The rule of thirds may come across as a simple rule, yet it can make a very powerful image. While a lot of photography rules have changed as technology improved, this rule has managed to stand the test of time. Let’s look at this rule and how you can use it to your advantage.
Before I dive into a few of my photos and how I utilize the rule of thirds, a small description is necessary. The idea behind this concept is that you break your scene into threes. An example would be shooting a beach scene. You place the sand in the foreground at the bottom third of the image, the water in the middle third, and the sky in the top third. This rule also applies to the vertical orientation in which you split the scene into thirds in a left to right fashion. Now, let’s look at a few images that utilize this rule.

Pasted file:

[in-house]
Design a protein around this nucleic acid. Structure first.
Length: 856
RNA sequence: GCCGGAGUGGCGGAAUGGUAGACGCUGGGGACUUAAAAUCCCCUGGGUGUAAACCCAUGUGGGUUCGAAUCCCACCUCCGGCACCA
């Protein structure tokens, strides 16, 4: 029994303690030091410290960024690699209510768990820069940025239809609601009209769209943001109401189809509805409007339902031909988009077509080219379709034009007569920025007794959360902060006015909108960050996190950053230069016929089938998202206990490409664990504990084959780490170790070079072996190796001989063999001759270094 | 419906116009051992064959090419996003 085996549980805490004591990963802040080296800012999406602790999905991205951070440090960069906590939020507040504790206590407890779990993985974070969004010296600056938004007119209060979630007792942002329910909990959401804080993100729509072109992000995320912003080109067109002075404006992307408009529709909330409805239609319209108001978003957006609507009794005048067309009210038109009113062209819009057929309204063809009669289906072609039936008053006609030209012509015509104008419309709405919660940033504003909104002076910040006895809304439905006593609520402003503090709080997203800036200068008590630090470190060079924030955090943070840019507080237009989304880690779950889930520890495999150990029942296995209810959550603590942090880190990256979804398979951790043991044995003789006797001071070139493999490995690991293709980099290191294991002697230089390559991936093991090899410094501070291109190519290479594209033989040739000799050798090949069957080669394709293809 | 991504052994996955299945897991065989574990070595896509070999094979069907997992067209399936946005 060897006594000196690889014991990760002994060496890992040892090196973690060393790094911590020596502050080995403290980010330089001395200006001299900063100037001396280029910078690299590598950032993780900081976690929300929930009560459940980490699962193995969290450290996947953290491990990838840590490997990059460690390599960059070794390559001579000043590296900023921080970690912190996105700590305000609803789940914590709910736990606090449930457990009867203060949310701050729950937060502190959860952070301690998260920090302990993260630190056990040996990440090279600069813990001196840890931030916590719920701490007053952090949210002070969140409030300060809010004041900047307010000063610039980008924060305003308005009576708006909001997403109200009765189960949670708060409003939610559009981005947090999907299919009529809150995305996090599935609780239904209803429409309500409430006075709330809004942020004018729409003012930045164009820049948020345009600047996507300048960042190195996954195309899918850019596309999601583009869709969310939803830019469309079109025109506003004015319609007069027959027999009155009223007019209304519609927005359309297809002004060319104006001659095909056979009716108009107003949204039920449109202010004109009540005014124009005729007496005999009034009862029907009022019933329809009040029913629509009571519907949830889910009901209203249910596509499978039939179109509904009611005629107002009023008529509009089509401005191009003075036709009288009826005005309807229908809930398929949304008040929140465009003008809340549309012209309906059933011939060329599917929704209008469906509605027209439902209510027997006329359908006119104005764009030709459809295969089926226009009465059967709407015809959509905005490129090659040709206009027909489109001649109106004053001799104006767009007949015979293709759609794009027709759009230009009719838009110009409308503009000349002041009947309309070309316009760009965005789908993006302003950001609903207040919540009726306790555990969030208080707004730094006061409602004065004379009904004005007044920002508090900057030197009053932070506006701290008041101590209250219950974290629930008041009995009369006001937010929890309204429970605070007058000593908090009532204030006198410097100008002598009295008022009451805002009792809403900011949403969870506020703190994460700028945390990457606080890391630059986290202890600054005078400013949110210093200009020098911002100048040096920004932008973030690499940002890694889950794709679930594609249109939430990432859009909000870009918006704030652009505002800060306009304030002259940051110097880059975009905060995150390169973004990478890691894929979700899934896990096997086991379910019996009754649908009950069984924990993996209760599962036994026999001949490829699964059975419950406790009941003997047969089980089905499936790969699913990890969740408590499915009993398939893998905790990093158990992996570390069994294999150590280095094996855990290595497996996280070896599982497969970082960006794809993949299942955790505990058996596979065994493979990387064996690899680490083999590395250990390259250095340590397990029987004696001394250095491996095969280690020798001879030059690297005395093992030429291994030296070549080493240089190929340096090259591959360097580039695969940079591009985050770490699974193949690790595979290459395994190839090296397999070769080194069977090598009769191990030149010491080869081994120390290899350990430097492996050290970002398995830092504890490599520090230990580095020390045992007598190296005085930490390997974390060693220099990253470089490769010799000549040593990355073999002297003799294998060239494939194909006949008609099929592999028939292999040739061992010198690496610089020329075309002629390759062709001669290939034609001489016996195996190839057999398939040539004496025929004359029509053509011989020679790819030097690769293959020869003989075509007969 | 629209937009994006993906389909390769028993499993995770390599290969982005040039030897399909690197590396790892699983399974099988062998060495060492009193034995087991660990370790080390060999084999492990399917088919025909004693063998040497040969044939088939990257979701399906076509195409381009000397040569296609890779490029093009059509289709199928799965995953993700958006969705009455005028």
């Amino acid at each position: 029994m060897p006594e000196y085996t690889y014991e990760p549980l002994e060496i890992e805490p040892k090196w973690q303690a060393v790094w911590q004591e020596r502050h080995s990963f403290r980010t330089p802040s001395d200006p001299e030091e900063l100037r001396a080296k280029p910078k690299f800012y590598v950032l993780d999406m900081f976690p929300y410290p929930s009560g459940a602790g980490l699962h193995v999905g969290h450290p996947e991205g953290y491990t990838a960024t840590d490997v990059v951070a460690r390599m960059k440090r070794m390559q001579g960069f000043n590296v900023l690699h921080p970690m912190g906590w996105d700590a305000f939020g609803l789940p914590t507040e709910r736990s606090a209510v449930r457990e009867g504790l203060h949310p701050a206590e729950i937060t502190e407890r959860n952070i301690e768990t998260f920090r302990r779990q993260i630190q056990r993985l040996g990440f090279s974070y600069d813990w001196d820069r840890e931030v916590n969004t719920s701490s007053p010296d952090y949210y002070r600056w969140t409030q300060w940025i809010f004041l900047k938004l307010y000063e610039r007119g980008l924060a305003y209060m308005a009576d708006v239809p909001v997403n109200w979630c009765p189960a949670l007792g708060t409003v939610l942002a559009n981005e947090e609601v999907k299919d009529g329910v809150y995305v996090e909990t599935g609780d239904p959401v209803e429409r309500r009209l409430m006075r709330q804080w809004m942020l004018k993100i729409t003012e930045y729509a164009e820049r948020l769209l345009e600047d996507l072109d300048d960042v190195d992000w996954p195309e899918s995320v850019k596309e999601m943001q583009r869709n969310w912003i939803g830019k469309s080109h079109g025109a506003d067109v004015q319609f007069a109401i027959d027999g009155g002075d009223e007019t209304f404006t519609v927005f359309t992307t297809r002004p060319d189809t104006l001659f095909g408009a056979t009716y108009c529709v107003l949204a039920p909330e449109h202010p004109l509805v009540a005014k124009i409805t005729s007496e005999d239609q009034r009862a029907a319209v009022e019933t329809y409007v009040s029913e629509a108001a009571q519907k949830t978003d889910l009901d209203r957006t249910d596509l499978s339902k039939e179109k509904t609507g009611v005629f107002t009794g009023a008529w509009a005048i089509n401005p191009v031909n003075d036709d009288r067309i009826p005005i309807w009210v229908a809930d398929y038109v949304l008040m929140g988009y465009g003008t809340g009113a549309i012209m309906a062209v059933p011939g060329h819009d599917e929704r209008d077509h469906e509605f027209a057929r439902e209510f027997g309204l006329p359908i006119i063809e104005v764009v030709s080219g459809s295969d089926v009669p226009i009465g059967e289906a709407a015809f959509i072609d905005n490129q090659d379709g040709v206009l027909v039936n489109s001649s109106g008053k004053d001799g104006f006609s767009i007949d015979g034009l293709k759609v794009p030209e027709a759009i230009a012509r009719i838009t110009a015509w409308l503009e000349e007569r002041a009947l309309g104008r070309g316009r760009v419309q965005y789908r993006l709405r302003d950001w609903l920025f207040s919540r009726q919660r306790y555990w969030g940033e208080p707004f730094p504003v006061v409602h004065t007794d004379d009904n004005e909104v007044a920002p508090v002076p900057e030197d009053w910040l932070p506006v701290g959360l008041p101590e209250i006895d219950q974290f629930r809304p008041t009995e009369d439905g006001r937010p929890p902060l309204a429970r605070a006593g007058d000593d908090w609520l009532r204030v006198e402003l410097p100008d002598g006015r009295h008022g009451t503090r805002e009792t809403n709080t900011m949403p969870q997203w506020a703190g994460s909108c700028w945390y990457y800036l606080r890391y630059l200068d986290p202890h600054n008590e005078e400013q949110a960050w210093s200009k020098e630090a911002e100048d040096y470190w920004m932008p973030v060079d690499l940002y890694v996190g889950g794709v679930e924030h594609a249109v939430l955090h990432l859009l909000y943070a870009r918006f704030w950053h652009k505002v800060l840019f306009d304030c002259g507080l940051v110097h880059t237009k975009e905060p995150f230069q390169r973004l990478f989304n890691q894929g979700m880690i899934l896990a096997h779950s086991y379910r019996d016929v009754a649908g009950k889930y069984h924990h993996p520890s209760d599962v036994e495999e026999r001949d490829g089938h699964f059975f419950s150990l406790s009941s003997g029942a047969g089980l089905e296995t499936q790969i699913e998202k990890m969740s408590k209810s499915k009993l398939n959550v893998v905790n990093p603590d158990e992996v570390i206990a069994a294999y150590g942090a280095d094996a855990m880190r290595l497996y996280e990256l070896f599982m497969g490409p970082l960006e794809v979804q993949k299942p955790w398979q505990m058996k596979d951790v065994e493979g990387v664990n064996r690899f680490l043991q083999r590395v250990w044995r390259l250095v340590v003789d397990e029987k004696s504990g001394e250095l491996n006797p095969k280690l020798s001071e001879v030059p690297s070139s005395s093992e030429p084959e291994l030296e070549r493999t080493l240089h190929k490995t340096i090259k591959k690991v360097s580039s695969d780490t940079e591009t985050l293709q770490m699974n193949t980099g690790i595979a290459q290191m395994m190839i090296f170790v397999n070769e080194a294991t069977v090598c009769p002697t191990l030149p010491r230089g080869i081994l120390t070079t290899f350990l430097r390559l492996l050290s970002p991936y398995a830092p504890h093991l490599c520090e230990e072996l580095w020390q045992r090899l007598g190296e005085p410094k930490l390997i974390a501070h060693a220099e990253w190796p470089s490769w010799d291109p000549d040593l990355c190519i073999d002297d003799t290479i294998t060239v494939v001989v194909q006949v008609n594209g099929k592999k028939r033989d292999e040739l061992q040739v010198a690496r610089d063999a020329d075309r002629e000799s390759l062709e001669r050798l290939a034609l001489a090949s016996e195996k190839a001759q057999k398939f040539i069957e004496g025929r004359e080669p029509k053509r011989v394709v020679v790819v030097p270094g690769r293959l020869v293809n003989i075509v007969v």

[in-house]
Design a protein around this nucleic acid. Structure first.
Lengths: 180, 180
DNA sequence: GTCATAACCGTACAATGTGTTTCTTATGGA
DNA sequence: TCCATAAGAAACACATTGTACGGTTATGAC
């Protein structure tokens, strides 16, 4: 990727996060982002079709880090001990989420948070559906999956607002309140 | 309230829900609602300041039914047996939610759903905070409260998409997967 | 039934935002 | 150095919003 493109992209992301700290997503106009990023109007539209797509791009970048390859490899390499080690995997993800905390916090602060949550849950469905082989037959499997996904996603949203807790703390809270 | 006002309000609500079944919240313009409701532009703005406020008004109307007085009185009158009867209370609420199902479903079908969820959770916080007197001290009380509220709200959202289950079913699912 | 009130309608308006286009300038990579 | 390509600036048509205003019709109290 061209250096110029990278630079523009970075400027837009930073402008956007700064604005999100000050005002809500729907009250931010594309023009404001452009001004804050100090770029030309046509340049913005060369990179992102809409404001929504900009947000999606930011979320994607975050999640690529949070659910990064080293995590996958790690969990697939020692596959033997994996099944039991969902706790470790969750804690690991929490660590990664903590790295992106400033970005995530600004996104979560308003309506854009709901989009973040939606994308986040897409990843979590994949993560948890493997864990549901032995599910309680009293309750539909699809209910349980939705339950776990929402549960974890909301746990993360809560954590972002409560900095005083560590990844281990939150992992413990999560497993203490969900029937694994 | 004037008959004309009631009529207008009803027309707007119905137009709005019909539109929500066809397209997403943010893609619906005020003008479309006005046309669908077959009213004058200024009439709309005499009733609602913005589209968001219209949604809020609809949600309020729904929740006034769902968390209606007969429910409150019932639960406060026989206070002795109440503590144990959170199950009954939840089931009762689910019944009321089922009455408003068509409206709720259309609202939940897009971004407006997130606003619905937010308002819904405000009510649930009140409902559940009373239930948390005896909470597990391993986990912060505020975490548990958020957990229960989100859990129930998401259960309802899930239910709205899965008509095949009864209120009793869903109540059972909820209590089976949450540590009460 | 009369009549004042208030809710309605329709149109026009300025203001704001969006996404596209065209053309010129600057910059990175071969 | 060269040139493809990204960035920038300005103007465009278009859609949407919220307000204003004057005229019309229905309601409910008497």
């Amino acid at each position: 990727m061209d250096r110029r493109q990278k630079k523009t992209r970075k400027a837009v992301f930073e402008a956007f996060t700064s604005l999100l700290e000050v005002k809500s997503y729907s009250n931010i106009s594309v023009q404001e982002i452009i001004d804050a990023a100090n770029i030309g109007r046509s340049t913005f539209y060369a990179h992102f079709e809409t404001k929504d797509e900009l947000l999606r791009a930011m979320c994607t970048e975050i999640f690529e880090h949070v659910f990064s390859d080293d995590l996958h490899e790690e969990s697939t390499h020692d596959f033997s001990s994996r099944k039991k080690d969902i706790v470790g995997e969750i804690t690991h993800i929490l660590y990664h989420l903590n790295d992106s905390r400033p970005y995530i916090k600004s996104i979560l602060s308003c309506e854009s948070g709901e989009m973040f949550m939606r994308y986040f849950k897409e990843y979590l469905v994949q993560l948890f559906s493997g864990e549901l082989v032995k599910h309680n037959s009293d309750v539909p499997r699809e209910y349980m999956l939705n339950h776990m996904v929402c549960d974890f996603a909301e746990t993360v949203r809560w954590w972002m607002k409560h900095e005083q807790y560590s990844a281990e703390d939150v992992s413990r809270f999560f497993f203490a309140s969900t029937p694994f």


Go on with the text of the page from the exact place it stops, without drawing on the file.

There are a few ways I framed this image with the rule of thirds in mind. First, I kept the bridge and the vanishing point of the railroad tracks in the lower third of the frame. I also framed the shot so each side of the bridge appears in the lower left and right quadrants of the shot.
Next was framing the trees. While the trees do sneak into the middle portion of the image, I kept the bulk of them on the left and right thirds of the shot. I also tried to keep the trees contained to the bottom two thirds of the frame to allow for some negative space on the top of the shot. This decision ultimately creates a “T” for the fog to fill in, and directs the eyes into the image.
no images were found